What is the MDSAP program?
In Singapore in 2012, the International Medical Device Regulators Forum (IMDRF) began development of a Medical Device Single Audit Program (MDSAP). MDSAP allows approved auditing organizations to conduct a single regulatory audit of a medical device manufacturer. This single audit expands the scope of the audit to previously unaudited areas of large organizations, standardizes a consistent auditing model, and replaces as many as five separate . It also satisfies the regulatory requirements of the authorities participating in the program – even ISO 13485:2016. MDSAP focuses on defined and linked processes and is based on requirements for risk management. The goals of MDSAP are:
- to improve audit effectiveness and the influence the audit can have on outcomes that improve patient safety, and
- to reduce the resource demands on both regulatory bodies and auditees in organizations having to comply with a variety of global standards and .
The core processes in scope for the MDSAP audit include:
- Measurement, Analysis and Improvement
- Design and Development
- Production and Service Controls
MDSAP also extends to the critical supporting activities that directly impact public safety, including: Device marketing Authorization and Facility Registration and Medical Device Adverse Events and Advisory Notices Reporting. Organizations can work with an authorized Auditing Organization (AO) to perform the single Quality Management System (QMS) audit and address the requirements of all participating regulatory bodies.
Currently, MDSAP includes the following regulatory jurisdictions and agencies:
- Australia: Therapeutic Goods Administration or TGA (TG(MD)R Sch3)
- Brazil: Agência Nacional de Vigilância Sanitária or ANVISA (RDC ANVISA 16/2013)
- Canada: Health Canada or HC
- Japan: Ministry of Health, Labour and Welfare, and the Japanese Pharmaceuticals and Medical Devices Agency or MHLW/PMDA (MHLW Ministerial Ordinance No. 169)
- United States: Food & Drug Administration or FDA (Quality System Regulation 21 CFR Part 820)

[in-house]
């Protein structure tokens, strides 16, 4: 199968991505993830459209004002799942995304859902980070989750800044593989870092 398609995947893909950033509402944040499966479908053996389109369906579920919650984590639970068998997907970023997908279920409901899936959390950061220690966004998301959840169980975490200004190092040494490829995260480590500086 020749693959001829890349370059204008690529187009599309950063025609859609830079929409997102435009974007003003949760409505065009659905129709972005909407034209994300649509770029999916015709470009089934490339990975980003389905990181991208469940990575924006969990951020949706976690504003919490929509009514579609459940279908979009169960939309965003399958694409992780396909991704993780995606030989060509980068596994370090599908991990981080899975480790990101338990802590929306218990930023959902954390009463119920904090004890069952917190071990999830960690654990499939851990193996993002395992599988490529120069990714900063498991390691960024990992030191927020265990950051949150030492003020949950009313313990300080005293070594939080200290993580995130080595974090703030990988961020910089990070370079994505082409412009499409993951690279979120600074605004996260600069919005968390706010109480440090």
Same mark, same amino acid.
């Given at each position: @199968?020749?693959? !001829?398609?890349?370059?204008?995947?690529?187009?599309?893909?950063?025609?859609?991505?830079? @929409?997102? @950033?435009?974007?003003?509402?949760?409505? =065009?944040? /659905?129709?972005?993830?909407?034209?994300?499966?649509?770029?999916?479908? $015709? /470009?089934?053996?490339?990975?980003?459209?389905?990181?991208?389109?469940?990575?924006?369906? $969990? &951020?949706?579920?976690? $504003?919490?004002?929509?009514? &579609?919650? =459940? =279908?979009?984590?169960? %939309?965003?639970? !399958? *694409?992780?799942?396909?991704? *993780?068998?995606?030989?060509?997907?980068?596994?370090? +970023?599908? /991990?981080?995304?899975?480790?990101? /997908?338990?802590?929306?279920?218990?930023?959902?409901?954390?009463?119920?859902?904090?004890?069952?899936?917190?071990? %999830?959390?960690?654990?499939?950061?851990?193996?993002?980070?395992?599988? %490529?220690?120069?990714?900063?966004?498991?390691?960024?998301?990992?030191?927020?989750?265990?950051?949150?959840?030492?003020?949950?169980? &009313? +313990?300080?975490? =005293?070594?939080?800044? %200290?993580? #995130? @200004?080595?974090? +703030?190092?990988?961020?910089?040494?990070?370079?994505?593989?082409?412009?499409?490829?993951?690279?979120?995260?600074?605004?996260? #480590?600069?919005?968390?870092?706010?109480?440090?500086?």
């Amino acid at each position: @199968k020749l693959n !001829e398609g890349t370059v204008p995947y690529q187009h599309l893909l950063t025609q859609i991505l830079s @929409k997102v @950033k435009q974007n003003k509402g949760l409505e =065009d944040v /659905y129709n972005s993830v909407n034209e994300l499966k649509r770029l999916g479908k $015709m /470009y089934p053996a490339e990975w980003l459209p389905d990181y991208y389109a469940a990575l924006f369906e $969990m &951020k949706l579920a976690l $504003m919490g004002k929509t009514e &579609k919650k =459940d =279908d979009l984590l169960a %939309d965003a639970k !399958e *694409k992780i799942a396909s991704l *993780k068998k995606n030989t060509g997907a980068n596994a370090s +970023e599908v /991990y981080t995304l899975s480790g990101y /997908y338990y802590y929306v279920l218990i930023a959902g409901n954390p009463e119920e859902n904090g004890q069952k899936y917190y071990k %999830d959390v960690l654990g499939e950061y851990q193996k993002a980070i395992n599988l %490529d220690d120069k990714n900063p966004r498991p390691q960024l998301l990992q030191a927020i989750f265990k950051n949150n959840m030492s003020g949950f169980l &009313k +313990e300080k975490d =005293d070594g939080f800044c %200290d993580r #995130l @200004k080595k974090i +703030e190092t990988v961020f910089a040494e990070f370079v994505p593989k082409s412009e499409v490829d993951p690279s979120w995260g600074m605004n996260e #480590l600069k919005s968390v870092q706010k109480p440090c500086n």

Notable observers in MDSAP include the World Health Organization (WHO), Medicines and Healthcare Products Regulatory Agency (MHRA), and Health Products Regulatory Agency (HPRA).
The IMDRF conducted a three-year pilot project from January 1, 2014 to December 31, 2016 to assess the viability of MDSAP globally. The findings from that project are available on the FDA website. These findings demonstrate that the MDSAP initiative is a viable one and that it has the support it needs to improve patient safety.
3 Ways MDSAP Improves Audit Effectiveness:
1. Improved Product Quality and Patient Safety
Prior to MDSAP, multi-national corporations or organizations sometimes overlooked parts of their businesses for auditing simply because the business was too large to account for every area. Since they can’t audit everything, these organizations perform audits on a sample basis, so it’s critical that audits verify that processes work as expected and that the QMS is performing up to expectations while satisfying regulatory and customer requirements. With MDSAP, the increase in available resources and capacity among the shared global regulatory agencies enables them to audit previously untouched areas of the business and provides the additional scrutiny needed to ensure that independent third party assessments improve product quality and patient safety. Audits now penetrate more deeply into an organization while following the defined audit model and audit sequence. This helps organizations uncover hidden connections between processes, such as those between the measurement, analysis and improvement processes of Medical Device Adverse Events and the reporting processes of Advisory Notices.